ENTERTAINMENT
July 17, 2002 | ROBERT HILBURN, TIMES STAFF WRITER
The Michael Jackson story has turned from sad to shameless as pop's would-be king has become pop's disgrace. By accusing Sony Music Entertainment of causing his last album to tank by failing to properly promote it, Jackson, a man perversely obsessed with his own physical appearance, has revealed a desperate, ugly side of himself. Even for someone whose name is synonymous with bizarre behavior, Jackson's latest outburst was startling--especially in its use of the race card.
ENTERTAINMENT
August 14, 1991 | PATRICK GOLDSTEIN, SPECIAL TO THE TIMES
Sony Music is rolling the dice again. Just months after the record industry conglomerate signed Michael Jackson to a landmark $65 million-plus contract, Sony is concluding negotiations on a four-album deal with Aerosmith that could make the veteran band the industry's most highly paid rock group.
BUSINESS
September 12, 2003 | Jeff Leeds
Polly Anthony, president of Sony Music Entertainment's Epic Records, is leaving the label later this month after more than two decades at the company, sources said Thursday. The exit of Anthony, who joined Sony Music predecessor CBS Records in 1978, comes five months after the Japanese conglomerate made sweeping job cuts and consolidated some operations of its Columbia and Epic labels in a bid to slash $100 million in costs.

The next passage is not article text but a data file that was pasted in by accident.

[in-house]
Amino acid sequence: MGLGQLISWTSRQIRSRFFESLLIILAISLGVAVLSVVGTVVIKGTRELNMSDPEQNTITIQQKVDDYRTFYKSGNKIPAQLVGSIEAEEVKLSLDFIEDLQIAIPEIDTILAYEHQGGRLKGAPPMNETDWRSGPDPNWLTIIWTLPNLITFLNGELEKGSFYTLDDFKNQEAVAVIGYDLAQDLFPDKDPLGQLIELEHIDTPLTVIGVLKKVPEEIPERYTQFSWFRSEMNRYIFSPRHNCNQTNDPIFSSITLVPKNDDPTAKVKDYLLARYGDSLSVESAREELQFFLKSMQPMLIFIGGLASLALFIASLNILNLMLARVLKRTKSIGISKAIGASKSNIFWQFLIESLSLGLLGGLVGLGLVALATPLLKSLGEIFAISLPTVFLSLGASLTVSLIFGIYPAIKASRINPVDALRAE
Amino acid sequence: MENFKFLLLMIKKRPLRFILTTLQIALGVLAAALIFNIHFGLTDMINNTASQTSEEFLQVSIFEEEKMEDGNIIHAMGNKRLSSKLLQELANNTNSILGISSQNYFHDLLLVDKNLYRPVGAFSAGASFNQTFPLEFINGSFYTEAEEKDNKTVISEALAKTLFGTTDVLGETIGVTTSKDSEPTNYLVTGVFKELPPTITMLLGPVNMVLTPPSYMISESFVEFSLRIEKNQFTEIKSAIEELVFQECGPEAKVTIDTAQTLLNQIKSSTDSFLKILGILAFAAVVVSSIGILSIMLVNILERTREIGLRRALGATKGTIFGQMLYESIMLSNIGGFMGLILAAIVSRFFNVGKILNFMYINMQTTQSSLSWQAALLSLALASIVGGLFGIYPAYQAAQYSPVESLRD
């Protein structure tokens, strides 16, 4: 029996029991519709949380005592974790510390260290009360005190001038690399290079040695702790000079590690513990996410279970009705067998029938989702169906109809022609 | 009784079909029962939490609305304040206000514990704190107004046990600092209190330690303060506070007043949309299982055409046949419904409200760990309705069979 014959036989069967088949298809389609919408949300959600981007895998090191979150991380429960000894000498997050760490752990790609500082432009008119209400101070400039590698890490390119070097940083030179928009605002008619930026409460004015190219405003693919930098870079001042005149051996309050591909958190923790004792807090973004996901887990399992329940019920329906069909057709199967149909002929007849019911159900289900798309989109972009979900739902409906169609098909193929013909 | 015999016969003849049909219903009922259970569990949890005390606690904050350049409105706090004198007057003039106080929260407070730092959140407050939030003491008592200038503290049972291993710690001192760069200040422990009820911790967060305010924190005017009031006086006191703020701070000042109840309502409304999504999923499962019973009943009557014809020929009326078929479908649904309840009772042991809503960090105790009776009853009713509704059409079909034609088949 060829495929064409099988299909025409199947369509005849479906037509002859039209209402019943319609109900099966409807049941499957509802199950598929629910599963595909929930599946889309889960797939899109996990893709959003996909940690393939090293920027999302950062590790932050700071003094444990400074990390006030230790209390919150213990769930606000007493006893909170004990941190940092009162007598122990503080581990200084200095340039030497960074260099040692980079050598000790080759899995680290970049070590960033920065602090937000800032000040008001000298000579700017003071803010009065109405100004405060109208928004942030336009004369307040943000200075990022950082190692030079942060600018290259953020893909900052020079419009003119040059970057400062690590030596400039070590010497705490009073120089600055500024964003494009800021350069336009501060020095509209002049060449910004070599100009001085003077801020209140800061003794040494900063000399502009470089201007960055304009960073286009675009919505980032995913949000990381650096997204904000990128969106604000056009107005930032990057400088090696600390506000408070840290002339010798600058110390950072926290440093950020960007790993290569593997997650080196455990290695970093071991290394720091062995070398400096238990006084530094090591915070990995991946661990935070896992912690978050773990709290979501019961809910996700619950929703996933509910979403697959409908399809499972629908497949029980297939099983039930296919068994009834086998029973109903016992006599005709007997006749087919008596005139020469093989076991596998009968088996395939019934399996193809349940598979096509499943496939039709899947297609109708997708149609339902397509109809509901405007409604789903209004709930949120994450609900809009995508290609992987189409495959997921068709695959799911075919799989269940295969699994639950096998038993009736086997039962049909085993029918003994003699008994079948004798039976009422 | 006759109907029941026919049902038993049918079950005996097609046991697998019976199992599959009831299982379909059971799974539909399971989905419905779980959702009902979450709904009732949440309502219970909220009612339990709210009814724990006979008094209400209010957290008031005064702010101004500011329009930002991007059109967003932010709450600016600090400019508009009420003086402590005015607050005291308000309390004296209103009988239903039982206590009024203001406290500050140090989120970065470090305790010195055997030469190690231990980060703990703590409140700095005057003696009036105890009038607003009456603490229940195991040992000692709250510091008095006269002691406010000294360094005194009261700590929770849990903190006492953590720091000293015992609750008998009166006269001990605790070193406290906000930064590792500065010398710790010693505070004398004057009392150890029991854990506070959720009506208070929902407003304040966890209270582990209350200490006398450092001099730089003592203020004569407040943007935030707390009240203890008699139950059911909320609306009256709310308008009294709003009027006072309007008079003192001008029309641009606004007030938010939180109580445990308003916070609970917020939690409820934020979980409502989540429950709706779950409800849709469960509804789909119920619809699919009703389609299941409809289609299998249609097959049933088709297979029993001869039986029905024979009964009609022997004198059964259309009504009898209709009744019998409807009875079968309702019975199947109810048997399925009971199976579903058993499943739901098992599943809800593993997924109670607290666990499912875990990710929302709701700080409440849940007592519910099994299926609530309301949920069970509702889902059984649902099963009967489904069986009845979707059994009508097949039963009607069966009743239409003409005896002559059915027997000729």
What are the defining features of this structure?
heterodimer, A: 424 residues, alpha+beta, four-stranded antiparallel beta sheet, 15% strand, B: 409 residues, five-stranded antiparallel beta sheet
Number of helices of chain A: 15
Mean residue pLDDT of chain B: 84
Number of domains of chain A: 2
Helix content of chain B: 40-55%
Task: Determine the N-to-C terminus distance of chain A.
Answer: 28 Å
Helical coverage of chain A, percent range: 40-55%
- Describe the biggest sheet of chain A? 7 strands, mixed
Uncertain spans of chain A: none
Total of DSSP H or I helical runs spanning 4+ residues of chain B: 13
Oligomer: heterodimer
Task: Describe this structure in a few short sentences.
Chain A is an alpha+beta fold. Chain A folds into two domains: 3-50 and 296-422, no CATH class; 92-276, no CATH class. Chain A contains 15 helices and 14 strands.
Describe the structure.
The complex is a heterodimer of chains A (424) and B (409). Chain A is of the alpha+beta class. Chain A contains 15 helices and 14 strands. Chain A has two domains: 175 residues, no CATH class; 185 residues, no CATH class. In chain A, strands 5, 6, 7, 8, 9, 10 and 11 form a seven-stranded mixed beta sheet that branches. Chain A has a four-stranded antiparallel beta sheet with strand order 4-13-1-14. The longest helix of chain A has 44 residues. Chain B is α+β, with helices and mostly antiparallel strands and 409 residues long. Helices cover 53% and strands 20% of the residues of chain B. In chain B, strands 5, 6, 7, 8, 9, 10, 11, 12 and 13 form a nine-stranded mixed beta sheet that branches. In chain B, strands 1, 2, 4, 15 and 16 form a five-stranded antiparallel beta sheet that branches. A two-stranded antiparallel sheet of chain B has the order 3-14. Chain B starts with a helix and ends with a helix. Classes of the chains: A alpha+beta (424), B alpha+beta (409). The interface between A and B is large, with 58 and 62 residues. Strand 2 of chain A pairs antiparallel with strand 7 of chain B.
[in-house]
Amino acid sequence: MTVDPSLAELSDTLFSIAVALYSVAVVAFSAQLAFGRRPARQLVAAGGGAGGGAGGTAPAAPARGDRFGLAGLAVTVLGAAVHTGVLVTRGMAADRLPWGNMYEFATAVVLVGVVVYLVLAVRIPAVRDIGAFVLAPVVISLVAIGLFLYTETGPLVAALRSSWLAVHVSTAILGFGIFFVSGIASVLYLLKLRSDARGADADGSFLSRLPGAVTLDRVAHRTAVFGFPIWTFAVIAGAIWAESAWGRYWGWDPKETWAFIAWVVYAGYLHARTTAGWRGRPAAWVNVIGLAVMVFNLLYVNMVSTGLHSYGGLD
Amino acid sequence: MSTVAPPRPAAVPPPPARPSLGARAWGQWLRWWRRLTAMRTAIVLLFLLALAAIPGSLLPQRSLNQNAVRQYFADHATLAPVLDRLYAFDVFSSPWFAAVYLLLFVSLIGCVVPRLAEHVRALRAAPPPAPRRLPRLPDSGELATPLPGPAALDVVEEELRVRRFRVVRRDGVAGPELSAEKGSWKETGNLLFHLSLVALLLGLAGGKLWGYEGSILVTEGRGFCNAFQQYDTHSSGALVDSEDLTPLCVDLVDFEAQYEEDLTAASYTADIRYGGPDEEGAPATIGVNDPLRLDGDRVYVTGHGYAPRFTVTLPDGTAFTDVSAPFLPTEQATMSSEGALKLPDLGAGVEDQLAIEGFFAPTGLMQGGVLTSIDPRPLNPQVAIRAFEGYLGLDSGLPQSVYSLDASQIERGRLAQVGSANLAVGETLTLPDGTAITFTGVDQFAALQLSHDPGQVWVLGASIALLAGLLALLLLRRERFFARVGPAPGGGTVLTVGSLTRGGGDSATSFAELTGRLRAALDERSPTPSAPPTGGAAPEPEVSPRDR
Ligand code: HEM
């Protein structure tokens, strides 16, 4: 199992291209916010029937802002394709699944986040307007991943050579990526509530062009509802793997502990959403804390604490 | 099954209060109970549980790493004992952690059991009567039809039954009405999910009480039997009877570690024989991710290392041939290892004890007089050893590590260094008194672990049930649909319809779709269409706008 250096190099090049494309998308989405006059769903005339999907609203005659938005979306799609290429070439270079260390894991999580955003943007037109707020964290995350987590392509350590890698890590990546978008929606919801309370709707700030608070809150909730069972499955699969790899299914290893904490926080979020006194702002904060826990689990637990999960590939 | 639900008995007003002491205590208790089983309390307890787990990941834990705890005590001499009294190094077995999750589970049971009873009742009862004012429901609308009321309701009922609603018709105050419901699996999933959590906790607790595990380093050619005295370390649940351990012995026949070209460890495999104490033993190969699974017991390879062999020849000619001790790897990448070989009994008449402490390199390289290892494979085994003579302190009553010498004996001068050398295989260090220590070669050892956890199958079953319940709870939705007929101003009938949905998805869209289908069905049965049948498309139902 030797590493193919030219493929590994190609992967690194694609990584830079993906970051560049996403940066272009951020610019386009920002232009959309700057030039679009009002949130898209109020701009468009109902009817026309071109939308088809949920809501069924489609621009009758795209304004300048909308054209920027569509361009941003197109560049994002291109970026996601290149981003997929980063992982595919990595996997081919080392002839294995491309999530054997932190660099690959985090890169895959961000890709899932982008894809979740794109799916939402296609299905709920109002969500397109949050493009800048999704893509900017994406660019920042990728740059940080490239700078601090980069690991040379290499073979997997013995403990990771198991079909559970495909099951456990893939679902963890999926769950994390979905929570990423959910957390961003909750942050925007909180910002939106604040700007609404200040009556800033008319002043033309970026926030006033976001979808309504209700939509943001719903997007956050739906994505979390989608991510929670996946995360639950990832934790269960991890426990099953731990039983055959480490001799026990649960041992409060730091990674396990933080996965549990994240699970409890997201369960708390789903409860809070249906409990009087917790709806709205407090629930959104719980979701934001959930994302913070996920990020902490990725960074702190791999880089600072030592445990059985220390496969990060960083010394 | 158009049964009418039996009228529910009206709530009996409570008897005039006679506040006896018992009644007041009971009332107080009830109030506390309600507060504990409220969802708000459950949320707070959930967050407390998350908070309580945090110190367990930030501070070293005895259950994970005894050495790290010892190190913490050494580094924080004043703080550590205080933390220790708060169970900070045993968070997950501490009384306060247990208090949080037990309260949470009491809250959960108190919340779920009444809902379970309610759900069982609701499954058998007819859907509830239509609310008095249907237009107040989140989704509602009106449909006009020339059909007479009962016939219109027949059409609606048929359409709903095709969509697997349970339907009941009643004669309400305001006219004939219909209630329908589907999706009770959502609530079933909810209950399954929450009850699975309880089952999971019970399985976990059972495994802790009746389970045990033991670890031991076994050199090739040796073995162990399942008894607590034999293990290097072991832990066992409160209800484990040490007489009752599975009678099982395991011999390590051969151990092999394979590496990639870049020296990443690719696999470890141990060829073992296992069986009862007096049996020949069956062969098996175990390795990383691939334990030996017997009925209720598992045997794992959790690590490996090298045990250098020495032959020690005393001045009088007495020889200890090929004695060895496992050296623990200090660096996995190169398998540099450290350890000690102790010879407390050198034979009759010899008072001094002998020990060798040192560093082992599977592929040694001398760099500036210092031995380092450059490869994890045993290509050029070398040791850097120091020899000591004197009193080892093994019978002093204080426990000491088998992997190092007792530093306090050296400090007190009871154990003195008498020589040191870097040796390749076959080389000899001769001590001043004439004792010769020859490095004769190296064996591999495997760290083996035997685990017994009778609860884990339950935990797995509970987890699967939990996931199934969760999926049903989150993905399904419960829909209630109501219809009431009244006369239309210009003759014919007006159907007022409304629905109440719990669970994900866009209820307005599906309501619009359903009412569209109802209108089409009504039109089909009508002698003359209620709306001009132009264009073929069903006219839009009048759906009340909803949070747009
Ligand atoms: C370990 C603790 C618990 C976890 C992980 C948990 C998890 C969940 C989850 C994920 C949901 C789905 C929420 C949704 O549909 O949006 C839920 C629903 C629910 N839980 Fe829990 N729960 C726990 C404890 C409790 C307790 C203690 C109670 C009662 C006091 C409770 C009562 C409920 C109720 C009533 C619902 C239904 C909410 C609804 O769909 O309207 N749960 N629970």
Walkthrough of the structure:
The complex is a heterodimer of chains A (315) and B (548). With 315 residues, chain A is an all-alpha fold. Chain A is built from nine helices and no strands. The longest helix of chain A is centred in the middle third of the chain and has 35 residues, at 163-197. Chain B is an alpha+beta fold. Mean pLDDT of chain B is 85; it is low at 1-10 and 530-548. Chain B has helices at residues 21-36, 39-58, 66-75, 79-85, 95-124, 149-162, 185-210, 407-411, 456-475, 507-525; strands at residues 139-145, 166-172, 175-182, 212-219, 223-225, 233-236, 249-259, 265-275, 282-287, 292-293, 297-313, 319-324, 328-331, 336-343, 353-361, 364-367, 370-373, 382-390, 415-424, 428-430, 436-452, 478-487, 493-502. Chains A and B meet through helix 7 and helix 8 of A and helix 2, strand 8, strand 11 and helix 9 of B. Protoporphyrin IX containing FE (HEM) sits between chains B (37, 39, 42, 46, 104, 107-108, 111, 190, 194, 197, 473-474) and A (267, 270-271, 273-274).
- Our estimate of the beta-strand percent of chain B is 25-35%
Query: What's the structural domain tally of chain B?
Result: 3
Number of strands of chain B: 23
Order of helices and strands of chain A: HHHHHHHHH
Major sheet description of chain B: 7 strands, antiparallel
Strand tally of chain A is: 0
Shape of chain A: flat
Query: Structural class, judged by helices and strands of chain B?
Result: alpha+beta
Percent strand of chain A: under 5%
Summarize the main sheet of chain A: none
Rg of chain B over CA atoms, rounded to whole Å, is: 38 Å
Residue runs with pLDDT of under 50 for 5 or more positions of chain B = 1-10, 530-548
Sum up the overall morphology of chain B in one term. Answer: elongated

BUSINESS
April 15, 2003 | Jeff Leeds, Times Staff Writer
Sony Music promoted industry veteran Don Ienner to a newly created post as president of its U.S. division, placing the 51-year-old executive at the helm of a sprawling operation that releases albums from a diverse roster of acts including the Offspring, Nas and Good Charlotte.